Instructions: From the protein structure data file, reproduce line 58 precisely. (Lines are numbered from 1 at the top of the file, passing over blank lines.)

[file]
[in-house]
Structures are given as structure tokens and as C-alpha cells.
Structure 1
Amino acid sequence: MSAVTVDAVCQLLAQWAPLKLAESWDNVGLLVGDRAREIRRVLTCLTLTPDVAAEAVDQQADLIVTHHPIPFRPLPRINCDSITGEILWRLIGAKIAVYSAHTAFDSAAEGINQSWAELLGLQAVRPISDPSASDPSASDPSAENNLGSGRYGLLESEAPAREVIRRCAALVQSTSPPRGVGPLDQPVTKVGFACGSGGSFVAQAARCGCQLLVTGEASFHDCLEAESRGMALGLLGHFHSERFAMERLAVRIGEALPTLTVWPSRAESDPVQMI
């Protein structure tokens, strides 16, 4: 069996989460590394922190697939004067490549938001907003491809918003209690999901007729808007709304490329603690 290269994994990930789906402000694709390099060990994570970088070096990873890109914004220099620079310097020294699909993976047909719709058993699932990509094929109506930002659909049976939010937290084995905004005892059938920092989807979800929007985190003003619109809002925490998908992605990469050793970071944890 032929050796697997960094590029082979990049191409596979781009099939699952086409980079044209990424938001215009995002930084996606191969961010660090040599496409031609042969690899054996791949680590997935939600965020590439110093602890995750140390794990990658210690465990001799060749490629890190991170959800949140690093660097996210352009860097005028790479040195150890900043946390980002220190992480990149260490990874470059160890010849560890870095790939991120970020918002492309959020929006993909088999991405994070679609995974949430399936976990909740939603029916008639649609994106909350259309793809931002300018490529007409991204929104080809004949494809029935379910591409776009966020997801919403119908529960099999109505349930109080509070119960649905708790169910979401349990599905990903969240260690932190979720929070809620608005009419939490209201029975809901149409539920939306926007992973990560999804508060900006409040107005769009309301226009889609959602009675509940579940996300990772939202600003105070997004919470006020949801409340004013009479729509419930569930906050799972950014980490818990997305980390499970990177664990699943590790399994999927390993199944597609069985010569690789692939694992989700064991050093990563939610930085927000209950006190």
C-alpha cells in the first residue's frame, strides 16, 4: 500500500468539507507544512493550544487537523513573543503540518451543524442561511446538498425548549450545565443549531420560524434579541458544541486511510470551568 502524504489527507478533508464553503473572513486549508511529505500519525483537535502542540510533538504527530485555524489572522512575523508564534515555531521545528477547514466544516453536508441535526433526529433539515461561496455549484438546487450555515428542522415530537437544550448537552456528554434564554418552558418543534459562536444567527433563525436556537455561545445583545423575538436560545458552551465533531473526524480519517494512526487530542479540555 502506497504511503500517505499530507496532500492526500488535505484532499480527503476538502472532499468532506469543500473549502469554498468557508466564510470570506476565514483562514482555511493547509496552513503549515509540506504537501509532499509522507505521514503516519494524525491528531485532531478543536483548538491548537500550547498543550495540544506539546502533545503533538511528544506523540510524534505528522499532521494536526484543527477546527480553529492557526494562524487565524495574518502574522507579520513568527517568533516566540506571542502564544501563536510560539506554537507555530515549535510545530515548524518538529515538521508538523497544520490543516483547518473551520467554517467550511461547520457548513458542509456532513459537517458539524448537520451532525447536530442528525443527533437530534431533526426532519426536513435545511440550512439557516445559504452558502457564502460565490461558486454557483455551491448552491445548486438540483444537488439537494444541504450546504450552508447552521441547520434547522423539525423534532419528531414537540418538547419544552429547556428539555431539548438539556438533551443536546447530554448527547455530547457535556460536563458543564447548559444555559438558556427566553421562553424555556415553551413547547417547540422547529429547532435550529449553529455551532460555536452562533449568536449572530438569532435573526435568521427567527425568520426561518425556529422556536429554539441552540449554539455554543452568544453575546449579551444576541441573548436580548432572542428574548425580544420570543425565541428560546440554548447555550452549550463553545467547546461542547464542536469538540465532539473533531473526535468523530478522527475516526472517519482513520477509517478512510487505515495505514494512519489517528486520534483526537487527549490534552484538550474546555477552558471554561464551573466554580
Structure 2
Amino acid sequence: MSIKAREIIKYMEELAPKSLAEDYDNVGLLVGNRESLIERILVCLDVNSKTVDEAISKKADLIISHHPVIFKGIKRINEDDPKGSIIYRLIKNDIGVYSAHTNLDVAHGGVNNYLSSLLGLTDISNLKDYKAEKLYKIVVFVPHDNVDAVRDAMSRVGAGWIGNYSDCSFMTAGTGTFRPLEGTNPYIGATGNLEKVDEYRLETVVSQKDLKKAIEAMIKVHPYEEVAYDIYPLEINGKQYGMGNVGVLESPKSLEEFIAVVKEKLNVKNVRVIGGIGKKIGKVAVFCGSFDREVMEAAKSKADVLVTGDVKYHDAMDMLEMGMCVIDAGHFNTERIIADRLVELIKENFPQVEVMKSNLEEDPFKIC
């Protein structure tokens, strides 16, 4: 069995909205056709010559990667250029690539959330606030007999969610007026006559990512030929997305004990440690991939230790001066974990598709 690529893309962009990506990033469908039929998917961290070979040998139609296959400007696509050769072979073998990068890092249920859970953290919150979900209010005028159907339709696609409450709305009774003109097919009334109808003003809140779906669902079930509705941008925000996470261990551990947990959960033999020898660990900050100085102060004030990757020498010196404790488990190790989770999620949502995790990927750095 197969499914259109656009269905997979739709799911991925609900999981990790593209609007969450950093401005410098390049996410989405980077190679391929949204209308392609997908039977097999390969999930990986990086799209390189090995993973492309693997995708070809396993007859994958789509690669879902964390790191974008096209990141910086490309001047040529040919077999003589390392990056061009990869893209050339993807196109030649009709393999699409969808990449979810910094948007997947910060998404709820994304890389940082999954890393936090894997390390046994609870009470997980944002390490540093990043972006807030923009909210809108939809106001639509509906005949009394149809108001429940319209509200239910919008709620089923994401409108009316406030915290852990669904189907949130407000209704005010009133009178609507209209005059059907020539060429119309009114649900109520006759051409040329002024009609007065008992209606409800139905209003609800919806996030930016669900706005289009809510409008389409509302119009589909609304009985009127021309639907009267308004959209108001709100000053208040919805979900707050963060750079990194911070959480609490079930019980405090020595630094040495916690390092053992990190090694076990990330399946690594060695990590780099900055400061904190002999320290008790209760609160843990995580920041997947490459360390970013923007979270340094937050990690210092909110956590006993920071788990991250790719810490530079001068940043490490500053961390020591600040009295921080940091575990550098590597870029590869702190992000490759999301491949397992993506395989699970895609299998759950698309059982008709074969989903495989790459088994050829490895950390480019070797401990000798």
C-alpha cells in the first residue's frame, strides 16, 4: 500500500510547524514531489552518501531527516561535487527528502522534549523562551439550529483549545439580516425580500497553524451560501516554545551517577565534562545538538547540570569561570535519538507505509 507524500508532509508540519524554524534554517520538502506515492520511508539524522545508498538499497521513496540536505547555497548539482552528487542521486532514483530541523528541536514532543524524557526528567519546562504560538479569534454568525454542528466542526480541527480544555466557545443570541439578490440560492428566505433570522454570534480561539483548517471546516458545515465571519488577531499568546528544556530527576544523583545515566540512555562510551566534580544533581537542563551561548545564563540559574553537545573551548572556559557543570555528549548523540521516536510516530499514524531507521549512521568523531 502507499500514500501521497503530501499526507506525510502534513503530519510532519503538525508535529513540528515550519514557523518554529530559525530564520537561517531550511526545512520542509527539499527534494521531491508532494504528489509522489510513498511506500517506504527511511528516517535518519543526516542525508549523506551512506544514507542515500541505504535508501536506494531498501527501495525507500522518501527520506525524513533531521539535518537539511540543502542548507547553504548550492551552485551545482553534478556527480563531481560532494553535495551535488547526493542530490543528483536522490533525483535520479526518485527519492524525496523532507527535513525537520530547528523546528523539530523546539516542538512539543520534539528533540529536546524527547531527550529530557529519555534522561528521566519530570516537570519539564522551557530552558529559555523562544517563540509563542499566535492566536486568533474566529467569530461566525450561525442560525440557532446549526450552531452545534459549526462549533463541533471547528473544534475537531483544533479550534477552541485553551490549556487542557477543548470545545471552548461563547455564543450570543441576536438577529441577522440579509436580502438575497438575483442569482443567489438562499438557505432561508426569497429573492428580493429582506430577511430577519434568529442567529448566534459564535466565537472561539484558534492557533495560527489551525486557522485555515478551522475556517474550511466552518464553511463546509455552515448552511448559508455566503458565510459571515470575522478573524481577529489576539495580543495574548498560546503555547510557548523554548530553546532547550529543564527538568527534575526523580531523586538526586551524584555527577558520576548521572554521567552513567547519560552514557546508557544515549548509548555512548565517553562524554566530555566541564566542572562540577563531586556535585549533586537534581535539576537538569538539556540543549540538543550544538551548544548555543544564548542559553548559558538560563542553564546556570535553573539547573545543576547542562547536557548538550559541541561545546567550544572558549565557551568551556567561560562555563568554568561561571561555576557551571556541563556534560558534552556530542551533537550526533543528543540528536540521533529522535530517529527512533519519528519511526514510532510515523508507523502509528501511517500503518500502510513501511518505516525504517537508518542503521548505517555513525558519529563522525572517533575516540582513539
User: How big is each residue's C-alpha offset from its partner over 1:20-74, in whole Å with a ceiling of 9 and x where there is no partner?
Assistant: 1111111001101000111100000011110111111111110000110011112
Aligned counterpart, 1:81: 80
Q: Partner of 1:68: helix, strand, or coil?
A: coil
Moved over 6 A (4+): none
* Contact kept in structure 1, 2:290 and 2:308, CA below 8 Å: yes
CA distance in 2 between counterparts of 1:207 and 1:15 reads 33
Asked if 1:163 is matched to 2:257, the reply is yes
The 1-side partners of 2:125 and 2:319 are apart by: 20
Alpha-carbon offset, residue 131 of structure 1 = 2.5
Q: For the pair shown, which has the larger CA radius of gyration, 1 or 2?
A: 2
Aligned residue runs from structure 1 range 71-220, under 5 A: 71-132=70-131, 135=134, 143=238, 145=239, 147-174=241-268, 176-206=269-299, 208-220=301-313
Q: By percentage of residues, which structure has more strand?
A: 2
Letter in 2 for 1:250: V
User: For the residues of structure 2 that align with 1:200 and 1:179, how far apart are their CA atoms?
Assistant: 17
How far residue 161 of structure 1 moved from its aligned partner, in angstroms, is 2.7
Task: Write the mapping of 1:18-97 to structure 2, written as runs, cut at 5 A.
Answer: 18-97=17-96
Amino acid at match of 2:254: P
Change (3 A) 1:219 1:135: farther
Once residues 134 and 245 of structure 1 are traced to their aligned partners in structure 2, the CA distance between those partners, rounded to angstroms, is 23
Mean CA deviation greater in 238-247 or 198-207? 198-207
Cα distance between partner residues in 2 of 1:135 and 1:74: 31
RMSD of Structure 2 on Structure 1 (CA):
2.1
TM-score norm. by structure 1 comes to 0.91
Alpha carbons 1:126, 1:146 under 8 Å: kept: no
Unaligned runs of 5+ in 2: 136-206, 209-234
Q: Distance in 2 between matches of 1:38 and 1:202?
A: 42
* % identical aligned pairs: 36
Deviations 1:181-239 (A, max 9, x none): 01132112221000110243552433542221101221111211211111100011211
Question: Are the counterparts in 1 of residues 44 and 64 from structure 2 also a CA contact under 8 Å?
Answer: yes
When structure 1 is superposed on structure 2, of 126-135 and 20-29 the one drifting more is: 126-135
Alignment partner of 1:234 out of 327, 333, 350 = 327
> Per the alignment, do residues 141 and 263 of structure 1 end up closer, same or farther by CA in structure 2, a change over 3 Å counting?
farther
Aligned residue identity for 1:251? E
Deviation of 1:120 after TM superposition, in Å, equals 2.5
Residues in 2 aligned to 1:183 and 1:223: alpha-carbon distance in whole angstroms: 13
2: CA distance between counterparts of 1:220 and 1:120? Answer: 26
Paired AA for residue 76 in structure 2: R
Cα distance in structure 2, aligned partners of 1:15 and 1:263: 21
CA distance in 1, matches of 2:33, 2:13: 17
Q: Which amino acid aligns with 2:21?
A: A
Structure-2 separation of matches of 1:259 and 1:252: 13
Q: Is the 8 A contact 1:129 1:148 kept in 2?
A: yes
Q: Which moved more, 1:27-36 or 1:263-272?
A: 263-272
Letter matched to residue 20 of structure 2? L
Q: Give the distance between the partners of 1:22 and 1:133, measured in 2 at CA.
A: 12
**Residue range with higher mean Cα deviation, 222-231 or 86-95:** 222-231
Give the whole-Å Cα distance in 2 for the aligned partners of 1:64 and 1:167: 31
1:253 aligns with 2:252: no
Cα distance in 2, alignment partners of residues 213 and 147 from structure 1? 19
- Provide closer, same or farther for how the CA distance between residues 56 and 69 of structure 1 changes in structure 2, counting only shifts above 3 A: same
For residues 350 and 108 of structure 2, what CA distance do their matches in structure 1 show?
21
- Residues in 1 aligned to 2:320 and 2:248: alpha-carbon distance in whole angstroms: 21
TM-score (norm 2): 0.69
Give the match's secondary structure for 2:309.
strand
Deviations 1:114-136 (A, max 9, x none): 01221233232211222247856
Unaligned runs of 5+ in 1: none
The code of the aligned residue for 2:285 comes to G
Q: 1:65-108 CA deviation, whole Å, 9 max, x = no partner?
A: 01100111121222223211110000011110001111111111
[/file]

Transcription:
Cα distance in structure 2, aligned partners of 1:15 and 1:263: 21